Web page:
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pretty good also pretty hard to follow :)

but that's not bc of u its bc of the way the inf is set up.

i'm sure u're even gonna make it better.

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Well, you just have to understand how .INF files are made.

After that, it's mad easy to setup.

A little bit quoted from the 'Microsoft Windows XP Registry Guide':

Installing INF Files

Setup Information files have the .inf extension; I call them INF files. The Windows XP setup API (Application Programming Interface) uses INF files to script installations. Most people associate INF files with device−driver installation, but applications often use them, too. Most actions that you associate with installing device drivers and applications are available through INF files. You can copy, remove, and rename files. You can add, change, and delete registry values. You can install and start services. You can install most anything using INF files. For example, you can use them to customize registry settings—obviously. You can also create INF files that users can uninstall using Add Or Remove Programs.

INF files look similar to INI and REG files. They're text files that contain sections that look like [section]. Each section contains items, sometimes called properties, that look like Name = Value.

Windows XP happens to come with the perfect INF−file editor: Notepad. When you create a new INF file using Notepad, make sure that you enclose the file name in quotation marks or choose All Files in the Save As Type list in the Save As dialog box. That way, your file will have the .inf extension instead of the .txt extension. Installing an INF file is straightforward: Right−click the INF file, and then click Install. To deploy an INF file and prevent users from having to install it manually,

use the following command, replacing Filename with the name of your INF file. (This is the command line that Windows XP associates with the .inf file extension in the registry.)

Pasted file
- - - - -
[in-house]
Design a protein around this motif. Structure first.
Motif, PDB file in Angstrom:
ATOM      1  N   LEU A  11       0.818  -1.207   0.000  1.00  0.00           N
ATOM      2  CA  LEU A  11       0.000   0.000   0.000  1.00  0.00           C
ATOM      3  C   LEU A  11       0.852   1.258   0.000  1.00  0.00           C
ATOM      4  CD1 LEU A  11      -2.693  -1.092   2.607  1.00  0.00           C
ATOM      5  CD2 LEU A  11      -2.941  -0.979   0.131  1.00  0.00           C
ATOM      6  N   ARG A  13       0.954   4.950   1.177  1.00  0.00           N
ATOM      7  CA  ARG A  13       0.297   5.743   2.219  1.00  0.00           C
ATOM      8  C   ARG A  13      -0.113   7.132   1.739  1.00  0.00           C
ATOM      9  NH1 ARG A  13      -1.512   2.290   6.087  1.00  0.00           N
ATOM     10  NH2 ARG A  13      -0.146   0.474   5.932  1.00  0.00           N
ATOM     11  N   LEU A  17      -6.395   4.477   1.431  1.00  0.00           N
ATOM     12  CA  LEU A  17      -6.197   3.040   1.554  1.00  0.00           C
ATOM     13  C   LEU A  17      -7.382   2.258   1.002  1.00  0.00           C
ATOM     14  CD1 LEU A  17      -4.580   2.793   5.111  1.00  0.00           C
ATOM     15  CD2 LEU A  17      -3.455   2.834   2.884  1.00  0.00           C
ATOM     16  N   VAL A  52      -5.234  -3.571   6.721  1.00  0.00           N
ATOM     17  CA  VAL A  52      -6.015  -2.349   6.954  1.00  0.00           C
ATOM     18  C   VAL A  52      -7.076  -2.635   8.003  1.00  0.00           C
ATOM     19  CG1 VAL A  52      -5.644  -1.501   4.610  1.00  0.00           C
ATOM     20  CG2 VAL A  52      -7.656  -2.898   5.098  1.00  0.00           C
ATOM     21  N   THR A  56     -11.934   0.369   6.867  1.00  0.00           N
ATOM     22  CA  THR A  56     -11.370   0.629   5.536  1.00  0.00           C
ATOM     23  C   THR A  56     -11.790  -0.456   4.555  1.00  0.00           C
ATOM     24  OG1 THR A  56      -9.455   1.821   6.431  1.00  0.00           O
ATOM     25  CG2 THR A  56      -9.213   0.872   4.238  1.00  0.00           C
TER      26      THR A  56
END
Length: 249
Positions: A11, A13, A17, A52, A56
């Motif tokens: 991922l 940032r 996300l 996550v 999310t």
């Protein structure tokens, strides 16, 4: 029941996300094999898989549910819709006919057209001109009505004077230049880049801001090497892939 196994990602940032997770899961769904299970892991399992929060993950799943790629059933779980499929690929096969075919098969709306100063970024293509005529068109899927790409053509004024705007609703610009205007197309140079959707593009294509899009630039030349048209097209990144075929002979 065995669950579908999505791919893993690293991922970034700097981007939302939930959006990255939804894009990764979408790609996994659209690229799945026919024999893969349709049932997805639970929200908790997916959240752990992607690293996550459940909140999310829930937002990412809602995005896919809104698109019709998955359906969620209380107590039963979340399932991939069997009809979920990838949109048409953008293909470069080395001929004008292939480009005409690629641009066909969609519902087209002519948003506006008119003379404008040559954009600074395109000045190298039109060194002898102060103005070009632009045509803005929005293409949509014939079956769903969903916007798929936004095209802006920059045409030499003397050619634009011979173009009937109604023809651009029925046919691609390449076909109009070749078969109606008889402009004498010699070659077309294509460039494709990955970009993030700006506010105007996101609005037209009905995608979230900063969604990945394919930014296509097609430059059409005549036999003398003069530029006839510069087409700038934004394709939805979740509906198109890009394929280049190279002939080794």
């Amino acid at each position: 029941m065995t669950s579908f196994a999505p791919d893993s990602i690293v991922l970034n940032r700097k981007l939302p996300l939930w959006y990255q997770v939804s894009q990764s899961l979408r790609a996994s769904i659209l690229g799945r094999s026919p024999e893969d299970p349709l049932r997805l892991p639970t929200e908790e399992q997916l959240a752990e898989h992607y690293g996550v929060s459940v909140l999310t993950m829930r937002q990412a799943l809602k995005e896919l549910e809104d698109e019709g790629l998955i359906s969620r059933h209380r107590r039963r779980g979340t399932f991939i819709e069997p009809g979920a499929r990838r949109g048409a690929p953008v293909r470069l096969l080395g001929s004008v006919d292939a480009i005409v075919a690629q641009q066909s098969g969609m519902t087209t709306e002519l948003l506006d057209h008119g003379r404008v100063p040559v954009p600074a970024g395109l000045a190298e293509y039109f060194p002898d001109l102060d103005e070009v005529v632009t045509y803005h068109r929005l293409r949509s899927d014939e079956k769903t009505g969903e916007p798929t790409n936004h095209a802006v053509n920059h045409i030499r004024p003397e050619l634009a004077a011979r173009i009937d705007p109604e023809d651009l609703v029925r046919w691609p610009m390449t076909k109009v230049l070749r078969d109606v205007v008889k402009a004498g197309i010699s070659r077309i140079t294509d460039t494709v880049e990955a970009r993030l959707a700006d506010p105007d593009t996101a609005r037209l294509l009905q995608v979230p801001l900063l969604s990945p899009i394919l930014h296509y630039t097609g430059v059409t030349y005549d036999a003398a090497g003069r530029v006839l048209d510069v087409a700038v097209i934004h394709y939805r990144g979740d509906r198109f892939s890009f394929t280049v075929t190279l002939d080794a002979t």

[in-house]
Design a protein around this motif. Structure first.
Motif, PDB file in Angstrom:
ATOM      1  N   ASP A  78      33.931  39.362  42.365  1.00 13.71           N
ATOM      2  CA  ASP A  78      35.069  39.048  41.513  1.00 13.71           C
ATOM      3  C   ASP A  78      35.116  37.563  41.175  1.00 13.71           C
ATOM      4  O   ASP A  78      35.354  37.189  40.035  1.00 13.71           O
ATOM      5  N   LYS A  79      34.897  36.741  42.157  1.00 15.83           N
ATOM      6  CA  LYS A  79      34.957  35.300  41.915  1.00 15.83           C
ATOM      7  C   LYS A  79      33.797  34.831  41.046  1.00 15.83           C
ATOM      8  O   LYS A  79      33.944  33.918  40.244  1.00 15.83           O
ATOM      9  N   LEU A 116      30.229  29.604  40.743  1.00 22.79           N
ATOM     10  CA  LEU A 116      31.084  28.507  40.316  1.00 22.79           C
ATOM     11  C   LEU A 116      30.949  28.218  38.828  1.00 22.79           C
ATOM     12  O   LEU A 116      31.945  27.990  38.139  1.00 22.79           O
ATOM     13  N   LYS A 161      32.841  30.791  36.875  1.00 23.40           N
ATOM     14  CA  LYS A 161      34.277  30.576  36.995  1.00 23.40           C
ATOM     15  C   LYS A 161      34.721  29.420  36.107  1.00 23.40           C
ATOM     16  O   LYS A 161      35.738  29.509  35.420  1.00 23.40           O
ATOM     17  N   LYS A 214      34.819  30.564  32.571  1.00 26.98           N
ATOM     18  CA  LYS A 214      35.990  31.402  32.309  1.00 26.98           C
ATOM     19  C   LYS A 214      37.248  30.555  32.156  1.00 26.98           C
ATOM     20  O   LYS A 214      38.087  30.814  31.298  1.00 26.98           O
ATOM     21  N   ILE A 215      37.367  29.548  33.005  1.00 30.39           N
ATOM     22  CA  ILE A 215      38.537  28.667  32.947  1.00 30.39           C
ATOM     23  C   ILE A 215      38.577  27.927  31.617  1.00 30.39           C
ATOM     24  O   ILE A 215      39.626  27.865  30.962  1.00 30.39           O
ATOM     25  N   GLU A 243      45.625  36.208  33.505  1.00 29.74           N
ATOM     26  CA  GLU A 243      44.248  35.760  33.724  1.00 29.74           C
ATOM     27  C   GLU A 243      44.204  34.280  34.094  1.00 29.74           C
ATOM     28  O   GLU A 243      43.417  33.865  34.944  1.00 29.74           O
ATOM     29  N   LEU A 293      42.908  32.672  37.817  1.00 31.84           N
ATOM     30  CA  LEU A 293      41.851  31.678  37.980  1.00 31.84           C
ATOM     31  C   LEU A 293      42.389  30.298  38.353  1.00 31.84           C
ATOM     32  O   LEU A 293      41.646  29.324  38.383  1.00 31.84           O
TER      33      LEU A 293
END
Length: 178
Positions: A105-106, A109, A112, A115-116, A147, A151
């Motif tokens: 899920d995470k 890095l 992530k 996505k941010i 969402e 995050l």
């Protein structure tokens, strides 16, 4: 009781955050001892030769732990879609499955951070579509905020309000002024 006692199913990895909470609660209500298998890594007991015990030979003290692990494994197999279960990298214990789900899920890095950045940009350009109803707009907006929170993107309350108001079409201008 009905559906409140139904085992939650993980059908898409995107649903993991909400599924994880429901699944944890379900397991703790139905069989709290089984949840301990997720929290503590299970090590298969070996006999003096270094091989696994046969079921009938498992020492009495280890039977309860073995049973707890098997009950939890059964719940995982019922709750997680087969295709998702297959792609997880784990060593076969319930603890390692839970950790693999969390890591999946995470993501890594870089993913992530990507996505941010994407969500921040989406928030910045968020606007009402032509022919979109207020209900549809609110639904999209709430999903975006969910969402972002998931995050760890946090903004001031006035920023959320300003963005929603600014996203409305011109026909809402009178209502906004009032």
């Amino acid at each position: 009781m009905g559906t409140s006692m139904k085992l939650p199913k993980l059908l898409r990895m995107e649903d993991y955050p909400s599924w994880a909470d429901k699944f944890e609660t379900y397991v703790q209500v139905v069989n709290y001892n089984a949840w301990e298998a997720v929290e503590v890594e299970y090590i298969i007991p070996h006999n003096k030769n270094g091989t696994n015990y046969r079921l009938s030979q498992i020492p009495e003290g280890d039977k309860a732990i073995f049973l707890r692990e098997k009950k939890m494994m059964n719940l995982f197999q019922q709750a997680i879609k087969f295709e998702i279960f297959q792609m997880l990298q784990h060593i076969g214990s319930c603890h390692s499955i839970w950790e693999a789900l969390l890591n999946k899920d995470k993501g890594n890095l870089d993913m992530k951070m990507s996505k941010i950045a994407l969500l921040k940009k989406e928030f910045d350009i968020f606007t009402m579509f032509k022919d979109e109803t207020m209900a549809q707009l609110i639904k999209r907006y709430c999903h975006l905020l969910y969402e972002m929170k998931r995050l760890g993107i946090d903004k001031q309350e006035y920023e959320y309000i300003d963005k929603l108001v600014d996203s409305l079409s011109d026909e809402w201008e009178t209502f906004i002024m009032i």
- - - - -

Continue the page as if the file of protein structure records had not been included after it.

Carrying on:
“rundll32.exe setupapi,InstallHinfSection DefaultInstall 132 c:\windows\config.inf”

Listing 9−1 shows a simple INF file. The first section, [Version], is required. The name of the second section is arbitrary but usually [DefaultInstall] so that users can right−click the file to install it. The linkage to this section is through the command line you saw just before this paragraph. The command is rundll32.exe, which executes the API in Setupapi.dll called InstallHinfSection. The next item on the command line, DefaultInstall, is the name of the section to install. The 132 you see before the file name tells the setup API to prompt the user before rebooting the computer, if necessary. The last item on the command line is the name of the INF file to install. Like I mentioned, because this is the command that Windows XP associates with the .inf file extension, you should usually name this section [DefaultInstall]. Within this section you see two directives, AddReg andDelReg. the directive AddReg=Add.Settings adds the settings contained in the section [Add.Settings].

The directive DelReg=Del.Settings deletes the settings listed in the section [Del.Settings]. The names of these sections are arbitrary; you should adopt names that make sense to you and stick with them so you don't confuse yourself down the road.

Now you've had my two−dollar tour of an INF file. The sections that follow describe how to write the different parts of an INF file. I'm focusing on using INF files to edit the registry, but you can do much more with them. The ultimate resource for writing INF files is http://msdn.microsoft.com/library/en−...format_7soi.asp on Microsoft's Website. This is the INF File Sections and Directives section of the Windows Driver Development Kit (DDK). Don't let the fact that this information is in the DDK scare you; it's really straightforward and useful for much more than installing device drivers.

Using Strings in INF Files

You can make your INF files far easier to read if you use the [strings] section. Each line in this section is a string in the format name ="string". Then you can use that string elsewhere in the INF file by referencing it as %name%. This makes INF files easier to read in numerous ways (see Listing 9−4, which is also a good example of using the BitReg directive):

The [strings] section collects strings at the bottom of your INF file so that you can see them in one place.

The [strings] section enables you to type a string one time and then use that string in numerous places. The string is consistent throughout your INF file.

The [strings] section makes translating INF files easier because localizable strings are at the bottom of the file.

[Version]
Signature=$CHICAGO$
[DefaultInstall]
BitReg=Bits.Set
AddReg=Add.Settings
DelReg=Del.Settings
[Add.Settings]
HKCU,%HK_DESKTOP%,ActiveWndTrkTimeout,0x10001,1000
HKLM,%HK_SETUP%,RegisteredOwner,,%OWNER%
[Del.Settings]
HKCU,%HK_EXPLORER%\MenuOrder
HKCU,%HK_EXPLORER%\RunMRU
HKCU,%HK_EXPLORER%\RecentDocs